4. Direction: The opportunity to view, create and choose a career path, together with the ability to make and contribute to decisions that affect your career.
  5. Enjoyment: The opportunity to experience pleasure and diversion and have relaxed, respectful, trusting and authentic social interactions that allow for spontaneity, appropriate humour and play.
  6. Inspiration: The opportunity to be aligned with a person´s most profound values which generate connection with a sense of possibility and direction towards the best possible work.
  7. Mastery: The opportunity to gain a deeper understanding, finesse and knowledge over time in order to excel, gain greater expertise and an awareness of the subtleties of a profession.
  8. Personal Growth: The opportunity to gain self-awareness, learn from mistakes, become more reflective and flexible and learn from the work environment to develop those qualities that make us better human beings.
  9. Professional Growth: The opportunity to develop talents, skills and abilities through exposure to stimulating work and social opportunities such as peer exchange, mentoring and supervision whilst being able to reflect on and learn from mistakes.
  10. Purpose: Having a sense of ownership and significance derived from work and feeling that it contributes to your greater purpose and that of the organisation.

Motivation to Work Remotely


With working from home becoming the norm over the past year or so, you may be wondering if the aforementioned factors are still relevant with remote workers. The answer is YES!

If anything, they are even more important in the remote working context because we don’t have our usual external factors that automatically come with working in an office environment to fall back on. We are referring to things like workplace conversations by the water machine, going for walks with colleagues at lunch, having that break between work and home environments etc.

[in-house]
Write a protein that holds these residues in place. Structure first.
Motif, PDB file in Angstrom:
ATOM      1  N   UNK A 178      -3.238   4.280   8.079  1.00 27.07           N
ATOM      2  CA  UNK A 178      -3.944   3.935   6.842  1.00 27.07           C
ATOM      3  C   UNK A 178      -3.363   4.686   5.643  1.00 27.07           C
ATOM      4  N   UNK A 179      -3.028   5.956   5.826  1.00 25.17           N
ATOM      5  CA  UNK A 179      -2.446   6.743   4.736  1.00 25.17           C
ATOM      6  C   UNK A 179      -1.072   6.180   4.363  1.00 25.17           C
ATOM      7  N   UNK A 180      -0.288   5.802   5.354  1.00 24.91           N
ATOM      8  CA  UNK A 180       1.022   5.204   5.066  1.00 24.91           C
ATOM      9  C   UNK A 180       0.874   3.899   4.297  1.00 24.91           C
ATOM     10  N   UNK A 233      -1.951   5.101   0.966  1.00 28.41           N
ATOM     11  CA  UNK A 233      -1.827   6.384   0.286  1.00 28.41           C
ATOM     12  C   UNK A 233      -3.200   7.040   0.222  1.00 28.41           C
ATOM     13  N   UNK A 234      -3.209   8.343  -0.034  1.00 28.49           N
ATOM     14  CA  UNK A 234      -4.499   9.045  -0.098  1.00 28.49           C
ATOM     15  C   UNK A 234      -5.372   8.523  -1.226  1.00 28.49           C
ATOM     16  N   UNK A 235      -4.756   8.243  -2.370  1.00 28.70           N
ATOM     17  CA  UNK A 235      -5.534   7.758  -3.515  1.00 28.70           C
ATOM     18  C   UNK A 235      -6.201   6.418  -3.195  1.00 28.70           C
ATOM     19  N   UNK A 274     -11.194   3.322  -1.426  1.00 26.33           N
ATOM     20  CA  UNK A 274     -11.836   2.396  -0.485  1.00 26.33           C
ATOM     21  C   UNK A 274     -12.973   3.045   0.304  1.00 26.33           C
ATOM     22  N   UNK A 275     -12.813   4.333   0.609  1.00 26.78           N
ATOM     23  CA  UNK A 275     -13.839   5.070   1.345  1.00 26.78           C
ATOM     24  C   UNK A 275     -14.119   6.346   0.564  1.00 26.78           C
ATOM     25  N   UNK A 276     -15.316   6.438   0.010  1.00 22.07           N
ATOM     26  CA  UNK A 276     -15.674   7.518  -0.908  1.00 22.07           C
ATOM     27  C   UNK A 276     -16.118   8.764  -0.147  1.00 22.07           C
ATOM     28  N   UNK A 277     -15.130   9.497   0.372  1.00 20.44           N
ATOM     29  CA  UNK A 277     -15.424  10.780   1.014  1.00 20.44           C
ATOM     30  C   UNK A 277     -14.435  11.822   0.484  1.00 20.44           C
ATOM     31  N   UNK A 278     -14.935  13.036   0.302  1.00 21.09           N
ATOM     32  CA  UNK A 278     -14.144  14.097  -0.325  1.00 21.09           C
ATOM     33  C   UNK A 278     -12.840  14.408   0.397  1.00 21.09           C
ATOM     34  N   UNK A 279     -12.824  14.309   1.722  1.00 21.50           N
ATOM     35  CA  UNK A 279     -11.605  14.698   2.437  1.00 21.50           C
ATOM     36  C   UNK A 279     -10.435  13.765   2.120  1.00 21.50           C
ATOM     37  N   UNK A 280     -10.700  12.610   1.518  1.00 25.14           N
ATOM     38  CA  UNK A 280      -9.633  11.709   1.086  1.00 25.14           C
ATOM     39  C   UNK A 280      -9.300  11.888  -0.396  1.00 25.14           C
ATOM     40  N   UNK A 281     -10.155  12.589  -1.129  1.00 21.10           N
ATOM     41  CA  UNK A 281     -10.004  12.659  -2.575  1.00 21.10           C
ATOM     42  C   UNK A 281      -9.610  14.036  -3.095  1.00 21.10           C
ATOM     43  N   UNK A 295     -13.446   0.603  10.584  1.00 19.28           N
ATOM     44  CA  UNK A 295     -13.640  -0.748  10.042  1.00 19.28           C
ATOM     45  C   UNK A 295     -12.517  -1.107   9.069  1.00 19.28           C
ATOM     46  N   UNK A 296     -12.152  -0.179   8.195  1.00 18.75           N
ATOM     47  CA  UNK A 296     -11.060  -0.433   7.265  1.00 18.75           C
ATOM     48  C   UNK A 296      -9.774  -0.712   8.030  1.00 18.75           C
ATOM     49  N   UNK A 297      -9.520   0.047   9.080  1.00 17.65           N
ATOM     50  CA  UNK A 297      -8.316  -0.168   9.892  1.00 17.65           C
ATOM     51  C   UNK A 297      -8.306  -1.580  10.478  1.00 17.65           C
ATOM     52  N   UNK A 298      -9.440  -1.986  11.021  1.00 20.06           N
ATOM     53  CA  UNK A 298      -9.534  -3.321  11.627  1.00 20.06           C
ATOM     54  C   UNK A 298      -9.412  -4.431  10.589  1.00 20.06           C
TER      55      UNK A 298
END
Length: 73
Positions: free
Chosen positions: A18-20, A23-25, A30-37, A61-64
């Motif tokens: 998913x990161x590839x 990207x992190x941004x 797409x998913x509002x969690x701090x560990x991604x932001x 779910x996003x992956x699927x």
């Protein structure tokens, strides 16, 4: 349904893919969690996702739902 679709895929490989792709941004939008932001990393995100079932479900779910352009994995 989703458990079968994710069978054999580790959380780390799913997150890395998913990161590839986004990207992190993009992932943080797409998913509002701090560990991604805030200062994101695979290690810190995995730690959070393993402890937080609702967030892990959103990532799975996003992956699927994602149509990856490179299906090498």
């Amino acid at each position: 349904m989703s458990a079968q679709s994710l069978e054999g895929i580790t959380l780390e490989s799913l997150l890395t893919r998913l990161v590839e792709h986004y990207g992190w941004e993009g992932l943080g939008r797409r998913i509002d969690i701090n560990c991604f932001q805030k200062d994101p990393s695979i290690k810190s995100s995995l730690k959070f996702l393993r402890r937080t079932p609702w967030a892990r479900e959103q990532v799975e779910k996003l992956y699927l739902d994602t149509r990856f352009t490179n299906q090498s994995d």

When we don’t have external factors like those mentioned above to break up our day and bring happiness to our working world, we end up relying more on the internal motivators like purpose or creativity. The issue arises when we may not have been aware of these internal factors before or have ever worked on them so it can suddenly become difficult.

A good organisation will look to ensure that its employees are well looked after, externally and internally, the latter more so now in times of uncertainty and remote working.

To request a pilot test for your company to improve your employee’s motivation to work, especially now if they are still working remotely, contact us here.

One thought on “Improve Motivation to Work With Non-Financial Motivators

Leave a Reply


  Sign up to receive regular updates, tips, inspiration and strategies related to Emotional Salary direct to your inbox.